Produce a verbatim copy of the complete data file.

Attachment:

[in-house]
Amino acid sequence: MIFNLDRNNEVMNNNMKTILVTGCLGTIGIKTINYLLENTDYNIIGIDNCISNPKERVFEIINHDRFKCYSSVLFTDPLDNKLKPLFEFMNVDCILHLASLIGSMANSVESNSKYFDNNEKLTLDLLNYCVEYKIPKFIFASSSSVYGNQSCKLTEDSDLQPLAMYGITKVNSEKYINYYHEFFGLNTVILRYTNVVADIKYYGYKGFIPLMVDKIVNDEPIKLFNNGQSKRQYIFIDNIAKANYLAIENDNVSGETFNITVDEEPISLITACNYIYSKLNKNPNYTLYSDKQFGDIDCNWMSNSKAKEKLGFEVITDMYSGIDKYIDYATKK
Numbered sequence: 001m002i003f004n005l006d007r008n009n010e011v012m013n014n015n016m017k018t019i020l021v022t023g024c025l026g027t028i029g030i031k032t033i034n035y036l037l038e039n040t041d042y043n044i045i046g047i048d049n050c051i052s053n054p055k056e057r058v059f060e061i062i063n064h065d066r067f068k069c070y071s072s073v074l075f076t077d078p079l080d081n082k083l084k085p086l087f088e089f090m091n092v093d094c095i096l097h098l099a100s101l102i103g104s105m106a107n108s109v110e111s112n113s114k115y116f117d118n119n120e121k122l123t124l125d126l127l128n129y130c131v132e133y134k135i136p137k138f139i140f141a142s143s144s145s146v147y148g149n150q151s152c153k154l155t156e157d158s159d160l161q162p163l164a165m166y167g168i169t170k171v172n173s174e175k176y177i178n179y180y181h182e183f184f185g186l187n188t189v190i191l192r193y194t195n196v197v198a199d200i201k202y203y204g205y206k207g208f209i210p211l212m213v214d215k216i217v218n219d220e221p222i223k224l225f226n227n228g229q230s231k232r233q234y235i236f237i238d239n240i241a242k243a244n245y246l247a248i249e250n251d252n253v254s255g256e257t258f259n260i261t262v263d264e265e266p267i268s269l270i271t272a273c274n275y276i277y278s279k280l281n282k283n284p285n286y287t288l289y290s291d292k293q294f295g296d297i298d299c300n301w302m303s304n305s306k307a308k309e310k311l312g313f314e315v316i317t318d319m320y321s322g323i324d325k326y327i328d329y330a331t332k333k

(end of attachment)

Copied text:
[in-house]
Amino acid sequence: MIFNLDRNNEVMNNNMKTILVTGCLGTIGIKTINYLLENTDYNIIGIDNCISNPKERVFEIINHDRFKCYSSVLFTDPLDNKLKPLFEFMNVDCILHLASLIGSMANSVESNSKYFDNNEKLTLDLLNYCVEYKIPKFIFASSSSVYGNQSCKLTEDSDLQPLAMYGITKVNSEKYINYYHEFFGLNTVILRYTNVVADIKYYGYKGFIPLMVDKIVNDEPIKLFNNGQSKRQYIFIDNIAKANYLAIENDNVSGETFNITVDEEPISLITACNYIYSKLNKNPNYTLYSDKQFGDIDCNWMSNSKAKEKLGFEVITDMYSGIDKYIDYATKK
Numbered sequence: 001m002i003f004n005l006d007r008n009n010e011v012m013n014n015n016m017k018t019i020l021v022t023g024c025l026g027t028i029g030i031k032t033i034n035y036l037l038e039n040t041d042y043n044i045i046g047i048d049n050c051i052s053n054p055k056e057r058v059f060e061i062i063n064h065d066r067f068k069c070y071s072s073v074l075f076t077d078p079l080d081n082k083l084k085p086l087f088e089f090m091n092v093d094c095i096l097h098l099a100s101l102i103g104s105m106a107n108s109v110e111s112n113s114k115y116f117d118n119n120e121k122l123t124l125d126l127l128n129y130c131v132e133y134k135i136p137k138f139i140f141a142s143s144s145s146v147y148g149n150q151s152c153k154l155t156e157d158s159d160l161q162p163l164a165m166y167g168i169t170k171v172n173s174e175k176y177i178n179y180y181h182e183f184f185g186l187n188t189v190i191l192r193y194t195n196v197v198a199d200i201k202y203y204g205y206k207g208f209i210p211l212m213v214d215k216i217v218n219d220e221p222i223k224l225f226n227n228g229q230s231k232r233q234y235i236f237i238d239n240i241a242k243a244n245y246l247a248i249e250n251d252n253v254s255g256e257t258f259n260i261t262v263d264e265e266p267i268s269l270i271t272a273c274n275y276i277y278s279k280l281n282k283n284p285n286y287t288l289y290s291d292k293q294f295g296d297i298d299c300n301w302m303s304n305s306k307a308k309e310k311l312g313f314e315v316i317t318d319m320y321s322g323i324d325k326y327i328d329y330a331t332k333k